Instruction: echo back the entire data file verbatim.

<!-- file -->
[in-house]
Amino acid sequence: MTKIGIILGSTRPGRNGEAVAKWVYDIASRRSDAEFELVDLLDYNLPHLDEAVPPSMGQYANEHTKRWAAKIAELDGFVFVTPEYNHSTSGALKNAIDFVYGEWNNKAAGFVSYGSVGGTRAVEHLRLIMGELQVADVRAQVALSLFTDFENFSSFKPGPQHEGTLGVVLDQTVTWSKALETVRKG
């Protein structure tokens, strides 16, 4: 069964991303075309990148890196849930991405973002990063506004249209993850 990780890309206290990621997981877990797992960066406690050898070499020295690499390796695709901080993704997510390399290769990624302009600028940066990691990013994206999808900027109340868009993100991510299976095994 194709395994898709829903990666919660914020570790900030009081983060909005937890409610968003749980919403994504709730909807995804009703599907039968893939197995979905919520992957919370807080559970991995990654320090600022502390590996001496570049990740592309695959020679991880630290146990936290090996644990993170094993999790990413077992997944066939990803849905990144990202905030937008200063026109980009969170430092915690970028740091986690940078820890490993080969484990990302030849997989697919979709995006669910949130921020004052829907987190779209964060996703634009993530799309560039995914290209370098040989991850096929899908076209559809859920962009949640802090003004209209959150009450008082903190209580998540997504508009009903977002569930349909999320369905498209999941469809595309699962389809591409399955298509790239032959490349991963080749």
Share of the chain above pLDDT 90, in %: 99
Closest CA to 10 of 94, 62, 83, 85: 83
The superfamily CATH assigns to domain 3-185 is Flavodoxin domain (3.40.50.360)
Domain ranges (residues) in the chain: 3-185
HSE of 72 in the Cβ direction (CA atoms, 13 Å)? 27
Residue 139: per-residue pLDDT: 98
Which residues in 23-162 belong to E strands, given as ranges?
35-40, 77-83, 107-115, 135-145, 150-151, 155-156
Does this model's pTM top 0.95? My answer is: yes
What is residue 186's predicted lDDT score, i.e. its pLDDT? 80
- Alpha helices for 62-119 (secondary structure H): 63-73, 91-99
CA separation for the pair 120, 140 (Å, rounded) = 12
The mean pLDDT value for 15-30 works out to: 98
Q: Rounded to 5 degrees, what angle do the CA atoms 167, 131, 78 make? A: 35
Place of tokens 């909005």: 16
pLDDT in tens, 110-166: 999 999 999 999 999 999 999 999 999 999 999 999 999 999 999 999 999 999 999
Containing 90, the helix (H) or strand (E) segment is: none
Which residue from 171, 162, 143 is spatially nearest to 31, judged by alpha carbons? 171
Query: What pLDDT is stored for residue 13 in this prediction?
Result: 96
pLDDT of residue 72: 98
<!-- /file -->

[in-house]
Amino acid sequence: MTKIGIILGSTRPGRNGEAVAKWVYDIASRRSDAEFELVDLLDYNLPHLDEAVPPSMGQYANEHTKRWAAKIAELDGFVFVTPEYNHSTSGALKNAIDFVYGEWNNKAAGFVSYGSVGGTRAVEHLRLIMGELQVADVRAQVALSLFTDFENFSSFKPGPQHEGTLGVVLDQTVTWSKALETVRKG
């Protein structure tokens, strides 16, 4: 069964991303075309990148890196849930991405973002990063506004249209993850 990780890309206290990621997981877990797992960066406690050898070499020295690499390796695709901080993704997510390399290769990624302009600028940066990691990013994206999808900027109340868009993100991510299976095994 194709395994898709829903990666919660914020570790900030009081983060909005937890409610968003749980919403994504709730909807995804009703599907039968893939197995979905919520992957919370807080559970991995990654320090600022502390590996001496570049990740592309695959020679991880630290146990936290090996644990993170094993999790990413077992997944066939990803849905990144990202905030937008200063026109980009969170430092915690970028740091986690940078820890490993080969484990990302030849997989697919979709995006669910949130921020004052829907987190779209964060996703634009993530799309560039995914290209370098040989991850096929899908076209559809859920962009949640802090003004209209959150009450008082903190209580998540997504508009009903977002569930349909999320369905498209999941469809595309699962389809591409399955298509790239032959490349991963080749």
Share of the chain above pLDDT 90, in %: 99
Closest CA to 10 of 94, 62, 83, 85: 83
The superfamily CATH assigns to domain 3-185 is Flavodoxin domain (3.40.50.360)
Domain ranges (residues) in the chain: 3-185
HSE of 72 in the Cβ direction (CA atoms, 13 Å)? 27
Residue 139: per-residue pLDDT: 98
Which residues in 23-162 belong to E strands, given as ranges?
35-40, 77-83, 107-115, 135-145, 150-151, 155-156
Does this model's pTM top 0.95? My answer is: yes
What is residue 186's predicted lDDT score, i.e. its pLDDT? 80
- Alpha helices for 62-119 (secondary structure H): 63-73, 91-99
CA separation for the pair 120, 140 (Å, rounded) = 12
The mean pLDDT value for 15-30 works out to: 98
Q: Rounded to 5 degrees, what angle do the CA atoms 167, 131, 78 make? A: 35
Place of tokens 């909005």: 16
pLDDT in tens, 110-166: 999 999 999 999 999 999 999 999 999 999 999 999 999 999 999 999 999 999 999
Containing 90, the helix (H) or strand (E) segment is: none
Which residue from 171, 162, 143 is spatially nearest to 31, judged by alpha carbons? 171
Query: What pLDDT is stored for residue 13 in this prediction?
Result: 96
pLDDT of residue 72: 98